The Return of Jonathan Holton was Marked by Solid Play, Sincere Remarks

MORGANTOWN, W.Va. - Jonathan Holton's return was as successful as expected.

The senior had among his best overall statistical lines of the season, finishing with 14 points to tie a team high while adding seven rebounds, five assists and two steals against zero turnovers in 18 minutes. Holton didn't start, being replaced by a surging Nathan Adrian in the line-up. But he entered at the 16:29 mark, getting a solid ovation, and immediately created a clear out underneath that allowed Elijah Macon to get to the foul line before taking his place at the top of the press on the resulting made free throws.

Though it shouldn't have been the main story - things like that are reserved for more imperative aspects like the final score and an overall scouting of team play - it's worth a look at Holton's performance. As expected, the forward again showcased a ton of energy, harassing TCU's inbounders and creating multiple deflections. What wasn't was Holton's ability to hit 6-of-8 shots from the floor while also staying out of foul trouble. He had just two in the game, despite again being indefatigable and playing with the steady dose of tenacity and ebullience that have become his trademark.

"It felt great to be back, to really have fun and have a lot of energy," said Holton, who noted that he watched WVU's games from his couch at home while suspended. "I'm not going to (lie), I had nerves running, but then I got out there and it felt good. I just wanted to play basketball again."

Holton was suspended indefinitely on Jan. 28 for a violation of team rules. WVU never specified what the violation was, head coach Bob Huggins saying only that he would have included that information in the initial release announcing the suspension had he wanted others to know. The initial assumption was approximately three games, but that became four when Holton missed Florida, Iowa State, Baylor and Kansas. No. 10 West Virginia split the games, losing at Florida and Kansas sandwiched around a pair of conference victories versus Iowa State and Baylor.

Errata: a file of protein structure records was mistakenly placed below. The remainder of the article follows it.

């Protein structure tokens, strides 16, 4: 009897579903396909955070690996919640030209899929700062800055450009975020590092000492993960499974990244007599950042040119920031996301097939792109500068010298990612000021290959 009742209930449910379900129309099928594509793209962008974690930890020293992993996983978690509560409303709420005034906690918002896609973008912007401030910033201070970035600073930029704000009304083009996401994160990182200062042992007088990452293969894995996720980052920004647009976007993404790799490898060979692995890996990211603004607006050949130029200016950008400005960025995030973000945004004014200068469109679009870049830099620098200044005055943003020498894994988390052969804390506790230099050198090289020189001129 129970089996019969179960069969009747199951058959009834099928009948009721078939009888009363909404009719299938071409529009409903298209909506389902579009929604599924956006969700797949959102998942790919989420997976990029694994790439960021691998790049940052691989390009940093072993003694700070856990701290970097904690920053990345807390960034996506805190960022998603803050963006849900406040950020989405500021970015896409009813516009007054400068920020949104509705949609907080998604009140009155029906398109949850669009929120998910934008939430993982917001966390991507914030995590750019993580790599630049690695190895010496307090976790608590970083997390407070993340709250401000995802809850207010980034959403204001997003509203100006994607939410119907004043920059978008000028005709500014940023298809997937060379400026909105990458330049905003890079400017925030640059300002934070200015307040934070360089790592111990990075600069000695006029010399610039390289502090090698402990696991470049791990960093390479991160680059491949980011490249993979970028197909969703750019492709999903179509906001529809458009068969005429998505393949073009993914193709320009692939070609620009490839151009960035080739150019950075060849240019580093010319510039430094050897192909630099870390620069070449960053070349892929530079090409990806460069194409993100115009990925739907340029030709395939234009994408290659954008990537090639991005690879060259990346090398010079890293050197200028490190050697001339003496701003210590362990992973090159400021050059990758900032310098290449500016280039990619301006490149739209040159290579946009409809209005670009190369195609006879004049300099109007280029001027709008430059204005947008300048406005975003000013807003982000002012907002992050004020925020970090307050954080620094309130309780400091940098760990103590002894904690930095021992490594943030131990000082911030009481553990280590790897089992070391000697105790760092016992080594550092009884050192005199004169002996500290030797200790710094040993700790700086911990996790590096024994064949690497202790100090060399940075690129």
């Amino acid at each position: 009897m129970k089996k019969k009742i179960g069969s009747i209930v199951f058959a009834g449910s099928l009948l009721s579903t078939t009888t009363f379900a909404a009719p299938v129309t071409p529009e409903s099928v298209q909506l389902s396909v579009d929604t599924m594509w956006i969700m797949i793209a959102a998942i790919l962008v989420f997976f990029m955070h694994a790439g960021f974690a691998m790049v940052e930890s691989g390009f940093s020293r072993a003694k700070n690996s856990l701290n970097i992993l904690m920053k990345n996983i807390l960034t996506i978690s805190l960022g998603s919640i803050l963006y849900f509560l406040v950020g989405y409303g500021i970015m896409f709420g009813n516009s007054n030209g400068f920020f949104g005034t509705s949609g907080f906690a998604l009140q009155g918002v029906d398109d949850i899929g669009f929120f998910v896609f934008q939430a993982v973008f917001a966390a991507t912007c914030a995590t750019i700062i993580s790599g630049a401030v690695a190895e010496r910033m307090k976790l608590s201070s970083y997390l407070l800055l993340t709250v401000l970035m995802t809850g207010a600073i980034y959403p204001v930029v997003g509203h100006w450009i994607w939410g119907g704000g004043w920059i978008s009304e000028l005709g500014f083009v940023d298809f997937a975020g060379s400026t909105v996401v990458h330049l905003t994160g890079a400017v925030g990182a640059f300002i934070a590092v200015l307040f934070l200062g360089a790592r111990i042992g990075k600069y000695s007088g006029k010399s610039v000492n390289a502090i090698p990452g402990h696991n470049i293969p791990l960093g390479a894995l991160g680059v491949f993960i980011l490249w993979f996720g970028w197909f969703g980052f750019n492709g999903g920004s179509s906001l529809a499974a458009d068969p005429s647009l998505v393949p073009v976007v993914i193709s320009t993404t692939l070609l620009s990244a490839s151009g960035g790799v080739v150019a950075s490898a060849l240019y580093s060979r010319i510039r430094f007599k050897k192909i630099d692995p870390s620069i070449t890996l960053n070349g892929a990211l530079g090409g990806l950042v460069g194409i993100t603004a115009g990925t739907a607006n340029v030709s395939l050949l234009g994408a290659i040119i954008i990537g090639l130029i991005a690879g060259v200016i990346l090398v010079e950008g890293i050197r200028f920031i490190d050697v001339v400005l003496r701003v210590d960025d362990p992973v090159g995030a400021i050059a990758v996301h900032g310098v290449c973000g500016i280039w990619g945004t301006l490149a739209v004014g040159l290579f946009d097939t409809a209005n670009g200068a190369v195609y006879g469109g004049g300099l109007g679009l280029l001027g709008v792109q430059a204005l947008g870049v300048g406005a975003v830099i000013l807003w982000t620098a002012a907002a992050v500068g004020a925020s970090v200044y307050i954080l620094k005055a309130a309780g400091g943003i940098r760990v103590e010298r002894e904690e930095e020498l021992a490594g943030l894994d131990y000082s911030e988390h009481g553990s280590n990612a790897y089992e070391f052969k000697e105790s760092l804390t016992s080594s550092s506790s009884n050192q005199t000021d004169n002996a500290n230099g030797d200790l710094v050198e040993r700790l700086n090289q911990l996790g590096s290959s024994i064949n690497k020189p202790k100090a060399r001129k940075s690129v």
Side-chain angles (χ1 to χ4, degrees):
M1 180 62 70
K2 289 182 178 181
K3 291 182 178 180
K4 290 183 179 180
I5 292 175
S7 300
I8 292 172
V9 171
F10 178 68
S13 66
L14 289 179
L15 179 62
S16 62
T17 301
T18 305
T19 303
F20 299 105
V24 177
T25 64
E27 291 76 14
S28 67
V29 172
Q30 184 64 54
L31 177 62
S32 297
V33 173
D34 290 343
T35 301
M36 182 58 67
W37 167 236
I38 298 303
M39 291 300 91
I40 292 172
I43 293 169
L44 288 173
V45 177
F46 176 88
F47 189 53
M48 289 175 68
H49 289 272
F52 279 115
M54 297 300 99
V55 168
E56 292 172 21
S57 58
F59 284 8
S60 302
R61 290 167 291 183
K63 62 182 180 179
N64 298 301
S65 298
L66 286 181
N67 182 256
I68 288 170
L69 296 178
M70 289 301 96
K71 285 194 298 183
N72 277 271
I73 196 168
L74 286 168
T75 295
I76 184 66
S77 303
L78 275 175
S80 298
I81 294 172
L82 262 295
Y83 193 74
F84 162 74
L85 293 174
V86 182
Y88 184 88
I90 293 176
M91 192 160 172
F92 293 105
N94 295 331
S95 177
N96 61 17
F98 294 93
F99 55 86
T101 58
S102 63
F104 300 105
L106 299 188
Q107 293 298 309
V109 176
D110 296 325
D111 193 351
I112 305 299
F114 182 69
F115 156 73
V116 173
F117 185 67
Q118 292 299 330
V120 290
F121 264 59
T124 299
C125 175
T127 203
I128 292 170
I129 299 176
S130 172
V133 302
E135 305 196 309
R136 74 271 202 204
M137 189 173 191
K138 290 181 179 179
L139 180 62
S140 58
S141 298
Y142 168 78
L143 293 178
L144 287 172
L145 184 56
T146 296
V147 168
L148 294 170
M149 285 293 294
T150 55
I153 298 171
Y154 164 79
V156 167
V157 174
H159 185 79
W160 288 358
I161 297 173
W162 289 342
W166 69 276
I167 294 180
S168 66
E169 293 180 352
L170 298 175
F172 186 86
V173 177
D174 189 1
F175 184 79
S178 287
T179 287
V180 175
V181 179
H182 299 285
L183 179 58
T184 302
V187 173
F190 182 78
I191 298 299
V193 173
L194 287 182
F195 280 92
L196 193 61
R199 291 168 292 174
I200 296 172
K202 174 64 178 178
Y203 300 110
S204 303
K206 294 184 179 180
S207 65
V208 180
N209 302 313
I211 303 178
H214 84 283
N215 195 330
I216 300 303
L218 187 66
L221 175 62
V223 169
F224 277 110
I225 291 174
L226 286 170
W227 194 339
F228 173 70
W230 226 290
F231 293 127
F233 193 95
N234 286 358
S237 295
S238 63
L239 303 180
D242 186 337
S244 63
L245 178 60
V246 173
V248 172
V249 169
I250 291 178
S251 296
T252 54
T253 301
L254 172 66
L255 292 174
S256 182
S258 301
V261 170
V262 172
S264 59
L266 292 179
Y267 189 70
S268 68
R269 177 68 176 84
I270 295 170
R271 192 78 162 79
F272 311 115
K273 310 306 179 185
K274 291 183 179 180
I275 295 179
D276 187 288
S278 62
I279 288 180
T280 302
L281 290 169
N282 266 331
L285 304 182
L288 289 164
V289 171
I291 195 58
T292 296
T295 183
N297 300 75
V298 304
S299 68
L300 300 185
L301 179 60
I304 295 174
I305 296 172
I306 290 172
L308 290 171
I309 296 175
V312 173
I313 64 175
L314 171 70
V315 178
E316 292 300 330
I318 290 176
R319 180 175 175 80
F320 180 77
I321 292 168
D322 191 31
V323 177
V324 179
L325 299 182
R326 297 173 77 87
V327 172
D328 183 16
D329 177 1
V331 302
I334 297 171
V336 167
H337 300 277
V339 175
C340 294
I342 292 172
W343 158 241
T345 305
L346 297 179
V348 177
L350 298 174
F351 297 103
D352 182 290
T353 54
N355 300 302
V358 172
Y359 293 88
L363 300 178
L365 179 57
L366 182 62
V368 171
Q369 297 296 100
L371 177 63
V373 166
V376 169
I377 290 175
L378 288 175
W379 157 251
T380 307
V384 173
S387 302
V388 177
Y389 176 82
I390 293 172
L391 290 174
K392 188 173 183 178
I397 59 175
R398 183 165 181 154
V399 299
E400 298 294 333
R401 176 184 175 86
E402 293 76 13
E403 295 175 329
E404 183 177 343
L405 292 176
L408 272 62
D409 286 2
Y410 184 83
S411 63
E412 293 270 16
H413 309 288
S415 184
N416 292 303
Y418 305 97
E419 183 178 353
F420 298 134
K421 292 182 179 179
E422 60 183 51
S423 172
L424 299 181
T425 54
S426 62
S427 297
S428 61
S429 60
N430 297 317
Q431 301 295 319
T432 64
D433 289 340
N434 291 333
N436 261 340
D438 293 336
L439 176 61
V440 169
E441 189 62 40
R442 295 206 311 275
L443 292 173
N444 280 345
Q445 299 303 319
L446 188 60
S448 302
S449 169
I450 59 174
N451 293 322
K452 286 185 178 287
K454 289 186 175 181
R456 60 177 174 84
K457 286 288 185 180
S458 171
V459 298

Holton said he had practiced the Thursday and Friday before the TCU game, and was able to regain much of his conditioning missed over the 13-day ordeal. He started quickly, hitting 4-of-5 shots in the first half - the lone miss a three-pointer from the corner - to score nine points, while adding three rebounds, three assists and two steals against zero turnovers. It wasn't a flawless statistical line, but it flirted in that realm.

"I thought (Adrian and Holton) really did a good job of making them play faster than they wanted," Huggins said.

West Virginia forced 26 turnovers - 7.2 more than their season average - while scoring an equal 26 points on the TCU miscues. It was the most turnovers forced by West Virginia in Big 12 play this season, and the most overall since Kennesaw State committed 31 in the seventh game of this season.

Holton was right in the thick of many of them, forcing the Horned Frogs to repeatedly attempt to throw over the press. That resulted in not only a series of deflections, but some outright interceptions by Jaysean Paige and Jevon Carter, who totalled four and three steals, respectively. In truth, TCU was as beneficial an opponent as Holton could have played in his initial game back. The Horned Frogs, now 11-14 overall, 2-10 in the conference, are flatly staring at another bottom two finish in the Big 12. TCU struggled on the boards, never properly diagnosed the press, and was generally manhandled at both ends.

The Frogs made Holton and the Mountaineers work in the stretches, but any occasional missteps weren't punished as they could have been against foes like Oklahoma and Kansas. Just once, toward the end of the first half, did Holton motion that he might be fatigued and needing a break. Otherwise, the upperclassman played what what seemed a full tank with plenty to spare as WVU, now 20-5, 9-3 in conference, competes for a Big 12 title down the stretch.

"I know I let Mountaineer Nation down," Holton said afterward. "I've really gotten humbled and have matured through this experience. I am happy that my coaches and my fans, my family, they had that support behind me and kept pushing me to keep going."


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